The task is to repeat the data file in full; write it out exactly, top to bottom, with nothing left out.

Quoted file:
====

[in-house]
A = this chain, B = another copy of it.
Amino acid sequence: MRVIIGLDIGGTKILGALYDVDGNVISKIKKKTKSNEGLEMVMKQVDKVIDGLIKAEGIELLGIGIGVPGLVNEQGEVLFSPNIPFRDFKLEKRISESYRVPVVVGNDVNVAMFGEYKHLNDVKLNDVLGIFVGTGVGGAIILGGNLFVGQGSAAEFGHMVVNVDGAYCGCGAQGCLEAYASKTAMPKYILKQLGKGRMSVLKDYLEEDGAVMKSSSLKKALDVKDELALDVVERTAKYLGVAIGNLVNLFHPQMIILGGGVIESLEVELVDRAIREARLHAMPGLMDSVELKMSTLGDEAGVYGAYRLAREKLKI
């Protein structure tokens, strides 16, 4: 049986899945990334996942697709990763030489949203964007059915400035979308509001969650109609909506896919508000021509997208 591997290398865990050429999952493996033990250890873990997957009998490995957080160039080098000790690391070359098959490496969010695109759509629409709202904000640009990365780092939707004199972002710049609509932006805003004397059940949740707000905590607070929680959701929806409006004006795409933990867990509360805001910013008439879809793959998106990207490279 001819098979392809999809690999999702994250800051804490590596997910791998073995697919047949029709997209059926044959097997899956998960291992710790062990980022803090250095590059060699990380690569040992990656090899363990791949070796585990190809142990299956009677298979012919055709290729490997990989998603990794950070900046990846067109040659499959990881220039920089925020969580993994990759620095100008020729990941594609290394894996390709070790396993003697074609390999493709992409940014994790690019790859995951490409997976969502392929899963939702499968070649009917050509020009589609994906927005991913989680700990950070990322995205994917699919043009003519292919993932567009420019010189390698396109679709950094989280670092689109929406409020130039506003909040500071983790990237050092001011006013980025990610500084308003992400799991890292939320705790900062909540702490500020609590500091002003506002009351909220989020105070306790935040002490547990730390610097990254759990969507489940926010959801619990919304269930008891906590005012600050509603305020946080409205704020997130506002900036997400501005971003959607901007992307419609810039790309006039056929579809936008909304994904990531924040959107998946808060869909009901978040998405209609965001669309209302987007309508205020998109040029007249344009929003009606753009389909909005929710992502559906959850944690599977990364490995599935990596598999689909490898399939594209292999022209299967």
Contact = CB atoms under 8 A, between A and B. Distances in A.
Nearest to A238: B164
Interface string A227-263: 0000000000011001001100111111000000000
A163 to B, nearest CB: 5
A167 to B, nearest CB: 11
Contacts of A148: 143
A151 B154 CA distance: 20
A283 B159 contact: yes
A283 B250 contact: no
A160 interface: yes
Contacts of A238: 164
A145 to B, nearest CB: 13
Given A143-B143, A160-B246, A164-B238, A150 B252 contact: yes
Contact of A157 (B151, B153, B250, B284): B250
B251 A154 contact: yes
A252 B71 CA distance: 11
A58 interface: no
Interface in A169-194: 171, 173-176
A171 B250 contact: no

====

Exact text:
[in-house]
A = this chain, B = another copy of it.
Amino acid sequence: MRVIIGLDIGGTKILGALYDVDGNVISKIKKKTKSNEGLEMVMKQVDKVIDGLIKAEGIELLGIGIGVPGLVNEQGEVLFSPNIPFRDFKLEKRISESYRVPVVVGNDVNVAMFGEYKHLNDVKLNDVLGIFVGTGVGGAIILGGNLFVGQGSAAEFGHMVVNVDGAYCGCGAQGCLEAYASKTAMPKYILKQLGKGRMSVLKDYLEEDGAVMKSSSLKKALDVKDELALDVVERTAKYLGVAIGNLVNLFHPQMIILGGGVIESLEVELVDRAIREARLHAMPGLMDSVELKMSTLGDEAGVYGAYRLAREKLKI
């Protein structure tokens, strides 16, 4: 049986899945990334996942697709990763030489949203964007059915400035979308509001969650109609909506896919508000021509997208 591997290398865990050429999952493996033990250890873990997957009998490995957080160039080098000790690391070359098959490496969010695109759509629409709202904000640009990365780092939707004199972002710049609509932006805003004397059940949740707000905590607070929680959701929806409006004006795409933990867990509360805001910013008439879809793959998106990207490279 001819098979392809999809690999999702994250800051804490590596997910791998073995697919047949029709997209059926044959097997899956998960291992710790062990980022803090250095590059060699990380690569040992990656090899363990791949070796585990190809142990299956009677298979012919055709290729490997990989998603990794950070900046990846067109040659499959990881220039920089925020969580993994990759620095100008020729990941594609290394894996390709070790396993003697074609390999493709992409940014994790690019790859995951490409997976969502392929899963939702499968070649009917050509020009589609994906927005991913989680700990950070990322995205994917699919043009003519292919993932567009420019010189390698396109679709950094989280670092689109929406409020130039506003909040500071983790990237050092001011006013980025990610500084308003992400799991890292939320705790900062909540702490500020609590500091002003506002009351909220989020105070306790935040002490547990730390610097990254759990969507489940926010959801619990919304269930008891906590005012600050509603305020946080409205704020997130506002900036997400501005971003959607901007992307419609810039790309006039056929579809936008909304994904990531924040959107998946808060869909009901978040998405209609965001669309209302987007309508205020998109040029007249344009929003009606753009389909909005929710992502559906959850944690599977990364490995599935990596598999689909490898399939594209292999022209299967």
Contact = CB atoms under 8 A, between A and B. Distances in A.
Nearest to A238: B164
Interface string A227-263: 0000000000011001001100111111000000000
A163 to B, nearest CB: 5
A167 to B, nearest CB: 11
Contacts of A148: 143
A151 B154 CA distance: 20
A283 B159 contact: yes
A283 B250 contact: no
A160 interface: yes
Contacts of A238: 164
A145 to B, nearest CB: 13
Given A143-B143, A160-B246, A164-B238, A150 B252 contact: yes
Contact of A157 (B151, B153, B250, B284): B250
B251 A154 contact: yes
A252 B71 CA distance: 11
A58 interface: no
Interface in A169-194: 171, 173-176
A171 B250 contact: no